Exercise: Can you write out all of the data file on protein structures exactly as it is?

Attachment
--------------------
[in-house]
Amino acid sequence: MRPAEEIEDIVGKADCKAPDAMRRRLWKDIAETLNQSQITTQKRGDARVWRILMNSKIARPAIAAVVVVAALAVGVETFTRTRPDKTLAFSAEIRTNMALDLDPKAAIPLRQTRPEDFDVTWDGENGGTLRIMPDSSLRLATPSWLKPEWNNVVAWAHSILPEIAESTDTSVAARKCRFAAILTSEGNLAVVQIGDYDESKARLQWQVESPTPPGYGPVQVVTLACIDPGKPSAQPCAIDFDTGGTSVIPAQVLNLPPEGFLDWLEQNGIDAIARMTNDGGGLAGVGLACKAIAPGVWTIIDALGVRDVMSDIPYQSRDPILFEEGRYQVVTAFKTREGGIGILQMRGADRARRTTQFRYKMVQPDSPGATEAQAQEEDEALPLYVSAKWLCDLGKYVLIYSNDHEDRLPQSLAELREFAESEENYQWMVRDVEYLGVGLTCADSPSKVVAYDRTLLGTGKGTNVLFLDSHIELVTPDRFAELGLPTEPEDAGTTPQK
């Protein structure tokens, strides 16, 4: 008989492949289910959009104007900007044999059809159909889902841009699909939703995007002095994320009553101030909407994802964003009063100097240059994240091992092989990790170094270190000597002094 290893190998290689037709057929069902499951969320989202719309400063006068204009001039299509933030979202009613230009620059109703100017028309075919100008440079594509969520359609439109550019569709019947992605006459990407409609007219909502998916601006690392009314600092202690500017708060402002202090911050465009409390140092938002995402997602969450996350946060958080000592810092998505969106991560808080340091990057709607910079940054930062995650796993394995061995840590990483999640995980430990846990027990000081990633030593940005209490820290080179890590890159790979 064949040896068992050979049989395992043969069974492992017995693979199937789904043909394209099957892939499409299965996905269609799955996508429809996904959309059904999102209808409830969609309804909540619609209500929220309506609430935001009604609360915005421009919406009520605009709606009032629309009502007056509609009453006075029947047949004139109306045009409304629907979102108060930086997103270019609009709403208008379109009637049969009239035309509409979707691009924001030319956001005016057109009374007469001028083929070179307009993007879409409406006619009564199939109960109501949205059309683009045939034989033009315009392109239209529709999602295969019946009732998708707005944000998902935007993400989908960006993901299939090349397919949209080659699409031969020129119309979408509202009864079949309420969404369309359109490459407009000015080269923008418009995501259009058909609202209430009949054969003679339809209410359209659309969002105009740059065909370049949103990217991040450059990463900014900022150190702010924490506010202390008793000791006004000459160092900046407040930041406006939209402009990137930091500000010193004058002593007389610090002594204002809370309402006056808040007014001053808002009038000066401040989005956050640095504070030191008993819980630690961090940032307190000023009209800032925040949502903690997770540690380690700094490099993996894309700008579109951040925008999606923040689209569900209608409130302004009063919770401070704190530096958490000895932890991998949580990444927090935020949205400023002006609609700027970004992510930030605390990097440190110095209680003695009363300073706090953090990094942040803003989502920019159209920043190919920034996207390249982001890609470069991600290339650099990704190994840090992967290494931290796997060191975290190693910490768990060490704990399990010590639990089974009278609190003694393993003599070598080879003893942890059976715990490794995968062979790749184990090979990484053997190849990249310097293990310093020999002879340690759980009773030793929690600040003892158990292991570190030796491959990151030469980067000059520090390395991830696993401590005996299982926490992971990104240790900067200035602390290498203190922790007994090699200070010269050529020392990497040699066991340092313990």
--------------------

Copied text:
[in-house]
Amino acid sequence: MRPAEEIEDIVGKADCKAPDAMRRRLWKDIAETLNQSQITTQKRGDARVWRILMNSKIARPAIAAVVVVAALAVGVETFTRTRPDKTLAFSAEIRTNMALDLDPKAAIPLRQTRPEDFDVTWDGENGGTLRIMPDSSLRLATPSWLKPEWNNVVAWAHSILPEIAESTDTSVAARKCRFAAILTSEGNLAVVQIGDYDESKARLQWQVESPTPPGYGPVQVVTLACIDPGKPSAQPCAIDFDTGGTSVIPAQVLNLPPEGFLDWLEQNGIDAIARMTNDGGGLAGVGLACKAIAPGVWTIIDALGVRDVMSDIPYQSRDPILFEEGRYQVVTAFKTREGGIGILQMRGADRARRTTQFRYKMVQPDSPGATEAQAQEEDEALPLYVSAKWLCDLGKYVLIYSNDHEDRLPQSLAELREFAESEENYQWMVRDVEYLGVGLTCADSPSKVVAYDRTLLGTGKGTNVLFLDSHIELVTPDRFAELGLPTEPEDAGTTPQK
């Protein structure tokens, strides 16, 4: 008989492949289910959009104007900007044999059809159909889902841009699909939703995007002095994320009553101030909407994802964003009063100097240059994240091992092989990790170094270190000597002094 290893190998290689037709057929069902499951969320989202719309400063006068204009001039299509933030979202009613230009620059109703100017028309075919100008440079594509969520359609439109550019569709019947992605006459990407409609007219909502998916601006690392009314600092202690500017708060402002202090911050465009409390140092938002995402997602969450996350946060958080000592810092998505969106991560808080340091990057709607910079940054930062995650796993394995061995840590990483999640995980430990846990027990000081990633030593940005209490820290080179890590890159790979 064949040896068992050979049989395992043969069974492992017995693979199937789904043909394209099957892939499409299965996905269609799955996508429809996904959309059904999102209808409830969609309804909540619609209500929220309506609430935001009604609360915005421009919406009520605009709606009032629309009502007056509609009453006075029947047949004139109306045009409304629907979102108060930086997103270019609009709403208008379109009637049969009239035309509409979707691009924001030319956001005016057109009374007469001028083929070179307009993007879409409406006619009564199939109960109501949205059309683009045939034989033009315009392109239209529709999602295969019946009732998708707005944000998902935007993400989908960006993901299939090349397919949209080659699409031969020129119309979408509202009864079949309420969404369309359109490459407009000015080269923008418009995501259009058909609202209430009949054969003679339809209410359209659309969002105009740059065909370049949103990217991040450059990463900014900022150190702010924490506010202390008793000791006004000459160092900046407040930041406006939209402009990137930091500000010193004058002593007389610090002594204002809370309402006056808040007014001053808002009038000066401040989005956050640095504070030191008993819980630690961090940032307190000023009209800032925040949502903690997770540690380690700094490099993996894309700008579109951040925008999606923040689209569900209608409130302004009063919770401070704190530096958490000895932890991998949580990444927090935020949205400023002006609609700027970004992510930030605390990097440190110095209680003695009363300073706090953090990094942040803003989502920019159209920043190919920034996207390249982001890609470069991600290339650099990704190994840090992967290494931290796997060191975290190693910490768990060490704990399990010590639990089974009278609190003694393993003599070598080879003893942890059976715990490794995968062979790749184990090979990484053997190849990249310097293990310093020999002879340690759980009773030793929690600040003892158990292991570190030796491959990151030469980067000059520090390395991830696993401590005996299982926490992971990104240790900067200035602390290498203190922790007994090699200070010269050529020392990497040699066991340092313990």